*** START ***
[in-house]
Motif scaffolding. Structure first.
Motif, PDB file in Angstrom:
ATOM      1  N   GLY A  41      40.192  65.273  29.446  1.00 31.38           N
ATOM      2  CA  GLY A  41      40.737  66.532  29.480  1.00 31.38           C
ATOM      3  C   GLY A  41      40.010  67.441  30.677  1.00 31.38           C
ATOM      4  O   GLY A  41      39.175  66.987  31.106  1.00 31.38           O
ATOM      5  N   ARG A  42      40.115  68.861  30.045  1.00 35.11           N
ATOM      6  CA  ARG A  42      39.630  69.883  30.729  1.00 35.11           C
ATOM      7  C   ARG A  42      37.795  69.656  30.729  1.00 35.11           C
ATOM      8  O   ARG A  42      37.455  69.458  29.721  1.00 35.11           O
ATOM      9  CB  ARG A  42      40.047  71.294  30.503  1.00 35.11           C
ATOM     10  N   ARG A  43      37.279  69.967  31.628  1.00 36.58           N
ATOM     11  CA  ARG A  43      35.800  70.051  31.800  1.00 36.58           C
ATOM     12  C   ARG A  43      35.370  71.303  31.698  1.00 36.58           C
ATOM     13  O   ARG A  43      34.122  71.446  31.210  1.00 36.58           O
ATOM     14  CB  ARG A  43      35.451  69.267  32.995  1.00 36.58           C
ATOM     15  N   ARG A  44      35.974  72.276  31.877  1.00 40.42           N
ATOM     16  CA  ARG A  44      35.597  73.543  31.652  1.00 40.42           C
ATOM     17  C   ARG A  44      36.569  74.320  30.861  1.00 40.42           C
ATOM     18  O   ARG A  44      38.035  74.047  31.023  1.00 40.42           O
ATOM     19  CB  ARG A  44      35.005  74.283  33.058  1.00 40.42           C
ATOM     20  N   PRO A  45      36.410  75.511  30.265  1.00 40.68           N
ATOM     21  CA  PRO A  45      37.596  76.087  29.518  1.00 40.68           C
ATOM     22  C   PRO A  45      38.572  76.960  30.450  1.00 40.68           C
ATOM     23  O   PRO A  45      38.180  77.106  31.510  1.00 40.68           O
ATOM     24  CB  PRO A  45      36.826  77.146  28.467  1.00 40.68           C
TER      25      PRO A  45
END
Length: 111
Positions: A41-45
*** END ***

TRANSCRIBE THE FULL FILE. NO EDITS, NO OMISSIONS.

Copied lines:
[in-house]
Motif scaffolding. Structure first.
Motif, PDB file in Angstrom:
ATOM      1  N   GLY A  41      40.192  65.273  29.446  1.00 31.38           N
ATOM      2  CA  GLY A  41      40.737  66.532  29.480  1.00 31.38           C
ATOM      3  C   GLY A  41      40.010  67.441  30.677  1.00 31.38           C
ATOM      4  O   GLY A  41      39.175  66.987  31.106  1.00 31.38           O
ATOM      5  N   ARG A  42      40.115  68.861  30.045  1.00 35.11           N
ATOM      6  CA  ARG A  42      39.630  69.883  30.729  1.00 35.11           C
ATOM      7  C   ARG A  42      37.795  69.656  30.729  1.00 35.11           C
ATOM      8  O   ARG A  42      37.455  69.458  29.721  1.00 35.11           O
ATOM      9  CB  ARG A  42      40.047  71.294  30.503  1.00 35.11           C
ATOM     10  N   ARG A  43      37.279  69.967  31.628  1.00 36.58           N
ATOM     11  CA  ARG A  43      35.800  70.051  31.800  1.00 36.58           C
ATOM     12  C   ARG A  43      35.370  71.303  31.698  1.00 36.58           C
ATOM     13  O   ARG A  43      34.122  71.446  31.210  1.00 36.58           O
ATOM     14  CB  ARG A  43      35.451  69.267  32.995  1.00 36.58           C
ATOM     15  N   ARG A  44      35.974  72.276  31.877  1.00 40.42           N
ATOM     16  CA  ARG A  44      35.597  73.543  31.652  1.00 40.42           C
ATOM     17  C   ARG A  44      36.569  74.320  30.861  1.00 40.42           C
ATOM     18  O   ARG A  44      38.035  74.047  31.023  1.00 40.42           O
ATOM     19  CB  ARG A  44      35.005  74.283  33.058  1.00 40.42           C
ATOM     20  N   PRO A  45      36.410  75.511  30.265  1.00 40.68           N
ATOM     21  CA  PRO A  45      37.596  76.087  29.518  1.00 40.68           C
ATOM     22  C   PRO A  45      38.572  76.960  30.450  1.00 40.68           C
ATOM     23  O   PRO A  45      38.180  77.106  31.510  1.00 40.68           O
ATOM     24  CB  PRO A  45      36.826  77.146  28.467  1.00 40.68           C
TER      25      PRO A  45
END
Length: 111
Positions: A41-45